by Lindsay Young, CMRO Contributing Writer
Written by Bill Willingham, Art by Mark Buckingham
Published: January 2003
It’s been a while since I last took a look at the Fables series, but every time I come back to it, it seems to slip right back on like an old glove. The farmlands plotline wasn’t originally grabbing me like the murder plot was, but as things continue to ramp up and the political undercurrent of the animals’ dissatisfaction begins to become clearer, I’m finding myself more and more drawn in. This issue hints at the further split between Rose Red and Snow White as they both favour different sides in the growing conflict. In addition, a plot to retake the homeland is revealed, headed by the animals who have been storing up ammunition.
This issue introduces some intriguing new characters. Aside from a few more cameos and a knight predicting ambiguous futures, I particularly love the ruthless, fundamentally political Goldilocks, who has not only an intriguing personality and political stance, but also a cool design, with glasses and an oversized coat. Her relationship to the bears is also immediately interesting–is she sleeping with Boo Bear to make a statement, or does she just have a kink? Either answer adds an interesting element to her character. She seems to be made to represent extremes; as such, whether or not you find her rhetoric compelling in any capacity, her methods are pretty callous, and she’s poised to become a formidable antagonist.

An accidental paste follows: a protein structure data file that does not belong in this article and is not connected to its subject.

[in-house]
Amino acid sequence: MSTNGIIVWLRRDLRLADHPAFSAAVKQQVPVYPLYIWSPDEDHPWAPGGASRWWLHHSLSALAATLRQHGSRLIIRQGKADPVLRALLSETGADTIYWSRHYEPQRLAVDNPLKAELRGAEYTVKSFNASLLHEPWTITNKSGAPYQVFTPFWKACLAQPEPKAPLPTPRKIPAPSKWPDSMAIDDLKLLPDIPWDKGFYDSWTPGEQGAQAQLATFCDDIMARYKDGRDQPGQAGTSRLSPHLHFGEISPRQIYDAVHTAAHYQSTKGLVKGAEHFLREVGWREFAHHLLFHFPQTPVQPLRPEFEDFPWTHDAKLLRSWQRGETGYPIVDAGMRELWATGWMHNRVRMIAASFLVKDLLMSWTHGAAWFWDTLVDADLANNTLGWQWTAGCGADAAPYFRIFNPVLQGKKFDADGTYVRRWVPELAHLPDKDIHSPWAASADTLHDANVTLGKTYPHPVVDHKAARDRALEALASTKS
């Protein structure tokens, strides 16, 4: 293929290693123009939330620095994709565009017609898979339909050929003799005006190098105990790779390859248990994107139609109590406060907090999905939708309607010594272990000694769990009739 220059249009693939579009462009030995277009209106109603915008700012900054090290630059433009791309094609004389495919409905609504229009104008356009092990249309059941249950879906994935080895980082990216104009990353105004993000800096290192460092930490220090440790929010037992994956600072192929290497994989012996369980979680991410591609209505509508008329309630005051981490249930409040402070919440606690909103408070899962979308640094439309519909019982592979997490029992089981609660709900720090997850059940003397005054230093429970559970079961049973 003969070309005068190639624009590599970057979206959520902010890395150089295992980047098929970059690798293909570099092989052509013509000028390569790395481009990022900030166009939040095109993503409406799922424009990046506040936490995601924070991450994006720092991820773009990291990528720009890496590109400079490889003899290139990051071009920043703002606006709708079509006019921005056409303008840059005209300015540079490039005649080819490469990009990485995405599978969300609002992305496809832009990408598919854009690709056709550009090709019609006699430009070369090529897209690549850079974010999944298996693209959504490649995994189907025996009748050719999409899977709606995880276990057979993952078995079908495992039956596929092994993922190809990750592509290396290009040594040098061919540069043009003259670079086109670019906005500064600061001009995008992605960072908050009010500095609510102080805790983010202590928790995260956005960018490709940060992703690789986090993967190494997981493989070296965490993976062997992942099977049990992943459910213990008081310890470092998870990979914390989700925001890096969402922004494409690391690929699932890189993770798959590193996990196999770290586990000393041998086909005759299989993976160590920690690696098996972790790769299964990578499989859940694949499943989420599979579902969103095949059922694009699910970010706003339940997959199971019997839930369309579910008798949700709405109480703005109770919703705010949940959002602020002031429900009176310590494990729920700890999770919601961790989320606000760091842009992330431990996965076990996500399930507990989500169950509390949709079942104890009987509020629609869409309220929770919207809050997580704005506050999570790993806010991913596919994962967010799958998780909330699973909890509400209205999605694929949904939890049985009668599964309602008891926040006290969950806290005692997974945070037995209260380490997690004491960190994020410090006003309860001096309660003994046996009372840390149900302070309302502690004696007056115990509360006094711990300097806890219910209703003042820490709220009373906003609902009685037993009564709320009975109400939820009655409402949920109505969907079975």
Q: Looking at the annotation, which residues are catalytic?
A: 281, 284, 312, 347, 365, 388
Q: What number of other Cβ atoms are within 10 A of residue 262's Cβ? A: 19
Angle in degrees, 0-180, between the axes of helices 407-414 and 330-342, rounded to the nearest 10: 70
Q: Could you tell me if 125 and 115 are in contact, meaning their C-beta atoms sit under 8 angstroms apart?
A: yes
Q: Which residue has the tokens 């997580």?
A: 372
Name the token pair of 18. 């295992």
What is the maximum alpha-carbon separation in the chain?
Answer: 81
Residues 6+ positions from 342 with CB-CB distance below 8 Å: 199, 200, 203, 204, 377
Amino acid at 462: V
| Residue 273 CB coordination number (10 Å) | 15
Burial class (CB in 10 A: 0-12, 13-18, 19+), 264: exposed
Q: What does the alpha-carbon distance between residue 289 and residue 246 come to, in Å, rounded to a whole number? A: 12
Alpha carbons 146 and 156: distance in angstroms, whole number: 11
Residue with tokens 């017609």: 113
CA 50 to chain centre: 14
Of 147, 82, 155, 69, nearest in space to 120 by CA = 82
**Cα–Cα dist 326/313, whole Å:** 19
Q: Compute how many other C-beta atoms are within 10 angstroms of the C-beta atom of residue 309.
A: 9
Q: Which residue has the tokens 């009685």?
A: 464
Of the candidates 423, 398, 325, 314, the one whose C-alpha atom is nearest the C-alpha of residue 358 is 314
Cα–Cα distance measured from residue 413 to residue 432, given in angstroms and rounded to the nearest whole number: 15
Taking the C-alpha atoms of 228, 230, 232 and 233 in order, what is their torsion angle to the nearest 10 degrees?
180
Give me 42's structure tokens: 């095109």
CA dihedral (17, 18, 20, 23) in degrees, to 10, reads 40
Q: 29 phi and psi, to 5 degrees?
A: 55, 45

The artwork is lovely as always, with soft colours and wonderfully detailed animals that never fall too far to the side of caricature or cartoonishness. There’s a creepy feel to the farmland, very George Orwell or William Golding, that lends itself well to the dangerous tone of it all.
Fables continues to be a rewarding read on almost every level, and I’m sure I won’t wait so long to pick up issue #8 as I did issue #7.